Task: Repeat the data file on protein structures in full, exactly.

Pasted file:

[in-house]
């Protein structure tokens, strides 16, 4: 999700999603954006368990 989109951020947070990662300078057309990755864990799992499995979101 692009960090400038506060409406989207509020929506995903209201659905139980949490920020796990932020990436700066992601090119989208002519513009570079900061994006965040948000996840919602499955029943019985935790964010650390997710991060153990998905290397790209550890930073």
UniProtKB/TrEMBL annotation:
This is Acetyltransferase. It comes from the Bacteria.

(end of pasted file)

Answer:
[in-house]
């Protein structure tokens, strides 16, 4: 999700999603954006368990 989109951020947070990662300078057309990755864990799992499995979101 692009960090400038506060409406989207509020929506995903209201659905139980949490920020796990932020990436700066992601090119989208002519513009570079900061994006965040948000996840919602499955029943019985935790964010650390997710991060153990998905290397790209550890930073």
UniProtKB/TrEMBL annotation:
This is Acetyltransferase. It comes from the Bacteria.